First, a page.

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Published in Print: December 19, 2007, as The What Works Clearinghouse: Time for a Fresh Start


The What Works Clearinghouse: Time for a Fresh Start

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The What Works Clearinghouse is the flagship initiative of the federal Institute of Education Sciences. Begun in 2002, it was intended, according to its Web site, to “help the education community locate and recognize credible and reliable evidence to make informed decisions,” and to provide educators with a “central and trusted source of scientific evidence of what works in education.” Scientifically valid and clearly written reviews of research on practical programs are essential to evidence-based reform, so the clearinghouse has been eagerly awaited by all who believe that educational practice should emphasize programs with strong evidence of effectiveness.

—Gregory Ferrand

After five years and more than $30 million, the clearinghouse has finally begun to produce significant numbers of reports on the evidence base supporting various educational programs. But the reports make it clear that the clearinghouse has failed. Its arcane and poorly justified procedures have produced information that is neither scientifically justified nor useful to educators.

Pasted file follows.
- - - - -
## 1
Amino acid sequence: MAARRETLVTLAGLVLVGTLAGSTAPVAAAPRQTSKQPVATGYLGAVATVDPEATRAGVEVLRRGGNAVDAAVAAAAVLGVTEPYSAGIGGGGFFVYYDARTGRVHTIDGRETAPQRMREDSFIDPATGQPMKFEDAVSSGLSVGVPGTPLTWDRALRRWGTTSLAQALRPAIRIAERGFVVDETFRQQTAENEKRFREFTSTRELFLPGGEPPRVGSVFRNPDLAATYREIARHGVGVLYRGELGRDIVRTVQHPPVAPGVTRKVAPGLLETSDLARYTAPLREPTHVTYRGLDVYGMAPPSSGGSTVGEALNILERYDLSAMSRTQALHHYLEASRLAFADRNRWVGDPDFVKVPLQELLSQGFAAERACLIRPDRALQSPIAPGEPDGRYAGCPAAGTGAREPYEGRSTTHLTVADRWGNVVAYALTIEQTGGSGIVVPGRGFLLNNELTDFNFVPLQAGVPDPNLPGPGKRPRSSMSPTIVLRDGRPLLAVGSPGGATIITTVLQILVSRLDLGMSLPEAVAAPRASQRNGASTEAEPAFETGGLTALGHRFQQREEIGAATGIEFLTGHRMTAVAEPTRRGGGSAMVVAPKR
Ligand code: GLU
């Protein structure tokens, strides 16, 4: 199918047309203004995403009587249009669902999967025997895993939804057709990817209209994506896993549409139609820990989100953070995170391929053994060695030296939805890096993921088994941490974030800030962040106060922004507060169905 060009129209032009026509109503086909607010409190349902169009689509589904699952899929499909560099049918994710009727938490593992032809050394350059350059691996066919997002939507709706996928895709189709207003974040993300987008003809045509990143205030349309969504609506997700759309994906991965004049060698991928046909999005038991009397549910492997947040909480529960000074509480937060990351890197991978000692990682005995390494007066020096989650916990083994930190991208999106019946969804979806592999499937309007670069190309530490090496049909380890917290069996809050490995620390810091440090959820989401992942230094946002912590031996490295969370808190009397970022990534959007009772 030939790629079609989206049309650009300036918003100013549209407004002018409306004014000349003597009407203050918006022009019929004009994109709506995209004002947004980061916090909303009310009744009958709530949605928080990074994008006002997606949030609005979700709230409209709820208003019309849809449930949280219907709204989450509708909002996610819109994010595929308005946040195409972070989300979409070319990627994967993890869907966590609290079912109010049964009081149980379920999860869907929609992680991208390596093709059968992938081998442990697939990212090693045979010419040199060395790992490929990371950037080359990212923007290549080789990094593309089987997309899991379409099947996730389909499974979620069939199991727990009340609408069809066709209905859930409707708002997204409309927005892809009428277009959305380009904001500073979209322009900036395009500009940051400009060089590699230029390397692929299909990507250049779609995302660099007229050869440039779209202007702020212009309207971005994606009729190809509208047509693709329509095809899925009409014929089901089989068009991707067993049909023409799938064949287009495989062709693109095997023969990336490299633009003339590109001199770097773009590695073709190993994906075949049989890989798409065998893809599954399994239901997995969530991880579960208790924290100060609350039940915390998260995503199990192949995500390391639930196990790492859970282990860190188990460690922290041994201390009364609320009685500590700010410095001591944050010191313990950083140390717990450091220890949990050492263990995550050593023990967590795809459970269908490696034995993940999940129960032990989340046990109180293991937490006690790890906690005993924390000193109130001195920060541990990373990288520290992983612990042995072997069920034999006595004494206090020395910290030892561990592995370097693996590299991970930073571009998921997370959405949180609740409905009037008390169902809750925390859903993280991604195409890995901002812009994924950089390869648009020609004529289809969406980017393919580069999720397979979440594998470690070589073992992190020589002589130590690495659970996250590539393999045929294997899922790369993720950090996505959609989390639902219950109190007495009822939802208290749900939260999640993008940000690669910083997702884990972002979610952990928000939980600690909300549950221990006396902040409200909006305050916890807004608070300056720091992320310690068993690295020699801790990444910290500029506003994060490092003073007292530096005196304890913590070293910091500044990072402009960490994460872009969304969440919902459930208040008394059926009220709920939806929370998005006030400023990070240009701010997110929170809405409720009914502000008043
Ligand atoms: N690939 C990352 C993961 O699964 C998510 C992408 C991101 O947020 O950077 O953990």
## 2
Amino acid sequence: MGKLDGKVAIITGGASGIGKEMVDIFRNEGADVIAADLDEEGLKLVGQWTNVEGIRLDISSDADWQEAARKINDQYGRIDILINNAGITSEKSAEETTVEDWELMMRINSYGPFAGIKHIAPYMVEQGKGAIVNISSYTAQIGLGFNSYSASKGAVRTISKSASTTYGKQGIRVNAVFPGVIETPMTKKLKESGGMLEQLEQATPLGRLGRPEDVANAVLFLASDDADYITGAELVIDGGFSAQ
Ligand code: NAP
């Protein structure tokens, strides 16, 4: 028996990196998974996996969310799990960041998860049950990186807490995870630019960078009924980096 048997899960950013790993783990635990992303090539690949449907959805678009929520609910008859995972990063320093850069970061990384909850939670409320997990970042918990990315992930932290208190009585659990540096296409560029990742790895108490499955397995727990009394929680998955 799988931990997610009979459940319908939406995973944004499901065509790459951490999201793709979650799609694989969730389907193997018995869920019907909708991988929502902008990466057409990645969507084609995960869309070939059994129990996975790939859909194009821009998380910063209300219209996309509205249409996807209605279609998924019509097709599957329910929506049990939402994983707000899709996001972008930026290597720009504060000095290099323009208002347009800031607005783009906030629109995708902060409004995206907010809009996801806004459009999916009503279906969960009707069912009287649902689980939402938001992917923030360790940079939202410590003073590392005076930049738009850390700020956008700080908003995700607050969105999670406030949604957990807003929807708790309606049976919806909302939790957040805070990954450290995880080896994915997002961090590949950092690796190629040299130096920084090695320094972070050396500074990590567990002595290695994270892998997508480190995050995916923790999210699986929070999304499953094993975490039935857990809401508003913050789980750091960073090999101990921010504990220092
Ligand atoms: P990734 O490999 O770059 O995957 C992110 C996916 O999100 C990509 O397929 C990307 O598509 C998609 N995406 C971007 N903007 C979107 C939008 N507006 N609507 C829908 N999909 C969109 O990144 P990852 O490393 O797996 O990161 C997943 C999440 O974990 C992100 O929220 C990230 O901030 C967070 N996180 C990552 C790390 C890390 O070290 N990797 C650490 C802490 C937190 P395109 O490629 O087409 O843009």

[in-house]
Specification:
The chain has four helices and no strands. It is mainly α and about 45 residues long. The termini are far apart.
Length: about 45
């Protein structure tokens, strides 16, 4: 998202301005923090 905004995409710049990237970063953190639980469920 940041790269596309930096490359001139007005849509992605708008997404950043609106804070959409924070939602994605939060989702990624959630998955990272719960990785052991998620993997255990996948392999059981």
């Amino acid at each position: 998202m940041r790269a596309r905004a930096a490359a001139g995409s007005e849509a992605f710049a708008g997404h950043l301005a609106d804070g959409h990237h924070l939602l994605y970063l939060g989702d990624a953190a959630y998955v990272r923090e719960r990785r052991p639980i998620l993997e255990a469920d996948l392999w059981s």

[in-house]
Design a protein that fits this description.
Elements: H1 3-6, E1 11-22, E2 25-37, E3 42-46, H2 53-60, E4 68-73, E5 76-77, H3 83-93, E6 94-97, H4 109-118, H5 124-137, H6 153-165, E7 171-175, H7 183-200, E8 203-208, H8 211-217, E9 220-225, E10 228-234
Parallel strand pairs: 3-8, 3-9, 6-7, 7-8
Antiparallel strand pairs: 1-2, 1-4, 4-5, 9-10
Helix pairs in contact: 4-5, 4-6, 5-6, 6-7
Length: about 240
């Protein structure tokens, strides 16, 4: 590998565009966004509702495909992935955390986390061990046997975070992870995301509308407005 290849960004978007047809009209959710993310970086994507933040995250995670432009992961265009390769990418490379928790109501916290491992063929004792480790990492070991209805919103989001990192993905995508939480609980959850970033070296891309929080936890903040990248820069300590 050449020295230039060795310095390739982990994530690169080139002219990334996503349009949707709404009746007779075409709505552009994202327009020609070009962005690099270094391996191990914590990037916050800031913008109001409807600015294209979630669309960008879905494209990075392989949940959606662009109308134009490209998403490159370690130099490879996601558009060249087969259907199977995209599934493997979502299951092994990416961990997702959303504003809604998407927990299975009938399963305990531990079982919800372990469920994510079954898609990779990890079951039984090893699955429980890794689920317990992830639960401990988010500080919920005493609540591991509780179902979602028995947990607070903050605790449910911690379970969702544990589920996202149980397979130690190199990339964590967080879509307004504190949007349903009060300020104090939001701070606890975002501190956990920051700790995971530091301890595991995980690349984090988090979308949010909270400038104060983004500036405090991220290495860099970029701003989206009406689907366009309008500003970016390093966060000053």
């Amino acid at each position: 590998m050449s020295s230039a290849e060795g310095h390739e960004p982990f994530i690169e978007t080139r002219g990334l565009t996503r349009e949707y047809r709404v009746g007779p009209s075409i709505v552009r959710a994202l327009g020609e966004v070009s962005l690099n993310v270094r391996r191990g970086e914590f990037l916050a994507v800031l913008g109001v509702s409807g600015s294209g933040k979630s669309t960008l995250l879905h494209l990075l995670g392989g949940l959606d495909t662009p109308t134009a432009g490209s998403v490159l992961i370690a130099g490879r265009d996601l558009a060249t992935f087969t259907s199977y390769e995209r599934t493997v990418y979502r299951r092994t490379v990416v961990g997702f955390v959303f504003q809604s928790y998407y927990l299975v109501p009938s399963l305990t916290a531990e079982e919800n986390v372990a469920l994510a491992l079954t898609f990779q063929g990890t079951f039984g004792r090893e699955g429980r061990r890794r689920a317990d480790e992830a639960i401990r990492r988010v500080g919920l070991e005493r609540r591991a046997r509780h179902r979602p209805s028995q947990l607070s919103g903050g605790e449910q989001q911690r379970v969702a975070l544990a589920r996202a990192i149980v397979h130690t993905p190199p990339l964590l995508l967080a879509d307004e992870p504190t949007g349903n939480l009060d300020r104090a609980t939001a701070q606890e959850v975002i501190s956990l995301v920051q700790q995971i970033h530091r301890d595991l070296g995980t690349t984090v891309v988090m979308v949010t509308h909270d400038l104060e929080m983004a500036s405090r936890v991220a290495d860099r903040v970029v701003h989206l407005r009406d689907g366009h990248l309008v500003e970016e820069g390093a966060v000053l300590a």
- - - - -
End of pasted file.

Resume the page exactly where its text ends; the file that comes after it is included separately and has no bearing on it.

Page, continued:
Recently, the What Works contract was awarded to a new contractor, Mathematica Policy Research Inc. This transfer provides an opportunity for a fresh start—one that is needed if the clearinghouse is to accomplish its worthy goals.

What is wrong with the What Works Clearinghouse is that although its rules appropriately emphasize random assignment, they ignore design elements with far more potential for bias than lack of random assignment. As a result, the clearinghouse gives its highest ratings for evidence of positive effects to programs supported by studies that are often very small, very brief, very biased, and/or very seriously flawed in other ways, failing to give educators valid or meaningful information on the programs they might use to improve their students’ achievement.